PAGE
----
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Bayero University translates physics, chemistry and maths textbooks to Hausa, Twitter reacts

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Bayero University

In a move believed to aid learning for students in Northern Nigeria, Bayero University Kano has reportedly translated physics, chemistry, and mathematics textbooks into the Hausa language.

A Twitter user Muhd El-Bonga Ibrahim/@El_bonga revealed this while translating a news report tweeted by Freedom Radio Nigeria.

@El_bonga tweeted:

“Bayero University Kano has concluded the translation of Physics, Chemistry and Mathematics textbooks into Hausa.

“This is a welcome development because many students find it difficult to speak English, not to talk of using it to learn. They should do it at the primary level too.

“Language of instruction, in addition to having good teachers that can implement any curriculum content into practice, is very vital when it comes to ensuring effective teaching and learning.

“According to Professor Aliyu Mu’azu who led the team, their works comprise of translated Hausa books in the field of science and technology meant for primary school pupils from primary one to three.

“The professor added that his team translated a total of eight textbooks in the field of science so as to help those in primary and secondary school to learn well especially in the northern region.”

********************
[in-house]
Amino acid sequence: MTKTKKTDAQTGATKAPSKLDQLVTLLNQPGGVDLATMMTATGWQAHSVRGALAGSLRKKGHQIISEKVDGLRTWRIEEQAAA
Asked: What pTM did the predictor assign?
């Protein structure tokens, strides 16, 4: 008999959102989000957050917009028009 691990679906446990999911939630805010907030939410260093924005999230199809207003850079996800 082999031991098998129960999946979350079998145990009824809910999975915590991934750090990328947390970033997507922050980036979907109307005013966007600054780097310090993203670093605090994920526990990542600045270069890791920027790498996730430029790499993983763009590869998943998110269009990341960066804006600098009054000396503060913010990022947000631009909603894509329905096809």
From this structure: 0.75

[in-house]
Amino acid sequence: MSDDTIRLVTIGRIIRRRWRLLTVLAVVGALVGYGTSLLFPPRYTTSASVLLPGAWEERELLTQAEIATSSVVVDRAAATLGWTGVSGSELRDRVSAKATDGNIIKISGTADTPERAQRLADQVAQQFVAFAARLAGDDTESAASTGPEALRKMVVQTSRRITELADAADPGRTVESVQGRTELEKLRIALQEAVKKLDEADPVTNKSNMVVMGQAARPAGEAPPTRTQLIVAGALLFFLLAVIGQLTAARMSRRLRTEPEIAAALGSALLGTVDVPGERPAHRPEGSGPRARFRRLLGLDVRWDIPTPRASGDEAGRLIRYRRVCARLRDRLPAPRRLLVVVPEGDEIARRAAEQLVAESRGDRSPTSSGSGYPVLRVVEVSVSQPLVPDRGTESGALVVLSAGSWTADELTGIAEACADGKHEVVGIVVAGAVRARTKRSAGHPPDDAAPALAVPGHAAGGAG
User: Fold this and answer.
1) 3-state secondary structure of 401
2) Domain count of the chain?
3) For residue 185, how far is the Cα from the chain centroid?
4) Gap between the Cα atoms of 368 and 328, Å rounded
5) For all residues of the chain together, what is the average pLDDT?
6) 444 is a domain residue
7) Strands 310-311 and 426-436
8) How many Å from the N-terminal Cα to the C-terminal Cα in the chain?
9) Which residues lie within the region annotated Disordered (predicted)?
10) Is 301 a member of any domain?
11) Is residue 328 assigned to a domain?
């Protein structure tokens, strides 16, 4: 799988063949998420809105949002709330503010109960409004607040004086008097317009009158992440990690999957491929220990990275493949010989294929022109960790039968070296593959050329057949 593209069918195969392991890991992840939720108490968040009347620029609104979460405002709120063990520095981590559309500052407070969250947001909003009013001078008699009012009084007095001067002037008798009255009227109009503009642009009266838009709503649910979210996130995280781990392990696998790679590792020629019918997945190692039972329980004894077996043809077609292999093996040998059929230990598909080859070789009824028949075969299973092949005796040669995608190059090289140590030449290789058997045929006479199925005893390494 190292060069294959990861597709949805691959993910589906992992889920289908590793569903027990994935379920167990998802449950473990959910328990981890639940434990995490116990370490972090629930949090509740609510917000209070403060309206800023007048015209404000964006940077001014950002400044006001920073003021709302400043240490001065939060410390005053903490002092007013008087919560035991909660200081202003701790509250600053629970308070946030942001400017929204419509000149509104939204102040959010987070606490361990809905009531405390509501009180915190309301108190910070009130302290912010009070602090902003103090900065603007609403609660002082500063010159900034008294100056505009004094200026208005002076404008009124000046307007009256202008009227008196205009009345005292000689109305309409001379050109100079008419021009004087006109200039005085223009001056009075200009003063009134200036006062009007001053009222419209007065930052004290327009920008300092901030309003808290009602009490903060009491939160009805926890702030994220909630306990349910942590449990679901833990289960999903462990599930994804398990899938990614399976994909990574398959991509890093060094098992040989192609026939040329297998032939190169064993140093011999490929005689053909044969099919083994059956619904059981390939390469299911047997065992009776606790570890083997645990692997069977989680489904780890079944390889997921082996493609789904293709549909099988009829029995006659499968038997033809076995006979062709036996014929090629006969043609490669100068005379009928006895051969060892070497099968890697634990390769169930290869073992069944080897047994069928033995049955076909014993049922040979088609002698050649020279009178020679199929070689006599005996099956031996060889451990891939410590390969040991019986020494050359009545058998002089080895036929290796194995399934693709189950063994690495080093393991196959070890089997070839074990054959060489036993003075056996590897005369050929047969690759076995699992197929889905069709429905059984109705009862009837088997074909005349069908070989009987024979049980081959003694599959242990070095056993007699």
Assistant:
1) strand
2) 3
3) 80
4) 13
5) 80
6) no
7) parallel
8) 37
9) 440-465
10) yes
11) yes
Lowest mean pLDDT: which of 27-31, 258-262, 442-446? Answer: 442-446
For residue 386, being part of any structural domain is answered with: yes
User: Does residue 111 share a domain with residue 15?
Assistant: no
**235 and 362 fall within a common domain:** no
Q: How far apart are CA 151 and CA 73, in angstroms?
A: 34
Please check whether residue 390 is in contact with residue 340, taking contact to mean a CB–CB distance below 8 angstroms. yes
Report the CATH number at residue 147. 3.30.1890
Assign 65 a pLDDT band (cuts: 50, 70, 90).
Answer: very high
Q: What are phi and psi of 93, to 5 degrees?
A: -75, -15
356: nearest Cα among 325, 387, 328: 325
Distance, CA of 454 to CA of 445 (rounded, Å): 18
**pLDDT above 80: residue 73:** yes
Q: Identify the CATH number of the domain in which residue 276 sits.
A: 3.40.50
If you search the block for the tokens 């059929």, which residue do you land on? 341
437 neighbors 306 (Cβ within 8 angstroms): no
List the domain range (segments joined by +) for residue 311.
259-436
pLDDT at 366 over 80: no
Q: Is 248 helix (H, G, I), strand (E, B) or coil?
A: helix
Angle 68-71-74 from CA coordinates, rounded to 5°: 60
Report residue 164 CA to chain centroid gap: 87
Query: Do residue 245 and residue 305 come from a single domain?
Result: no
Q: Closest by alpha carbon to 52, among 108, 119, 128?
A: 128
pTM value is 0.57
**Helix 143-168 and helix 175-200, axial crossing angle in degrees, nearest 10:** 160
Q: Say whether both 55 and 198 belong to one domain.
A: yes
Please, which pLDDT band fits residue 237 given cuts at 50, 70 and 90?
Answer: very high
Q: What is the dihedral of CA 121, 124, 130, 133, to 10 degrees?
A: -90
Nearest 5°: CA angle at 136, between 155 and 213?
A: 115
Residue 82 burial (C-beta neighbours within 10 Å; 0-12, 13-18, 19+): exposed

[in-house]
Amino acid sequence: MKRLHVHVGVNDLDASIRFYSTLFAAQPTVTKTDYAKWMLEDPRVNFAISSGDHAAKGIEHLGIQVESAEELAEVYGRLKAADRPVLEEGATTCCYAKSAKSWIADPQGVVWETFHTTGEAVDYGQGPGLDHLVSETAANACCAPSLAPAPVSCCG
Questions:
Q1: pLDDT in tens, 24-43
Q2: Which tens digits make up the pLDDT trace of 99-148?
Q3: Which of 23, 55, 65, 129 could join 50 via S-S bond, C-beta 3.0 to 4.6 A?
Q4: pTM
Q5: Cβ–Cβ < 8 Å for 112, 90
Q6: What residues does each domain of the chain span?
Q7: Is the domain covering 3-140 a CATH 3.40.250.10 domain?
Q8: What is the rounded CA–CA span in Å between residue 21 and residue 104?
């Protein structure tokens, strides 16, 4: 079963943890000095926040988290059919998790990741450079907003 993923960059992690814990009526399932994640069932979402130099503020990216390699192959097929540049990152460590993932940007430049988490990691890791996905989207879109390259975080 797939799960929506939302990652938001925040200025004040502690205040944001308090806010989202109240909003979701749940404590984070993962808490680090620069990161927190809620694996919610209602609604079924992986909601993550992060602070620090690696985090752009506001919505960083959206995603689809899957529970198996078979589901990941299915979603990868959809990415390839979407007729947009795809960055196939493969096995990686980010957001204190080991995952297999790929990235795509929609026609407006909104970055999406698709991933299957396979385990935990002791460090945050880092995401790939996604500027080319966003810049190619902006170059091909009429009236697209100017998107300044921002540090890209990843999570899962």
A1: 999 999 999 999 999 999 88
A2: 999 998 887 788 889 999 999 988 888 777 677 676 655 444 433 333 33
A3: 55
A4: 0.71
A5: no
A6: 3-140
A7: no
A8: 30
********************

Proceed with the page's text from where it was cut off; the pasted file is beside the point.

When another Twitter user claimed the move will not help Northern students to learn English and said it is a step backward.

“This will not help our children to learn English it’s taking us backwards,” the Twitter user said.

@El_bonga responded:

The national policy on education recognizes the need to use indigenous languages to teach at the early stages, with English coming up later. It doesn’t mean that English will be stepped aside totally. The aim, I think, is to foster learning first.”

The news has been met with mixed reactions on Twitter. While a section of the microblogging site described it as a good development, others believe it is not a step in the right direction.

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Gimba Kakanda, a Nigerian writer, called the move a “welcome development, and a very effective way to domesticate science and technology in our society”.

He tweeted:

 

See other reactions:

 

 

 





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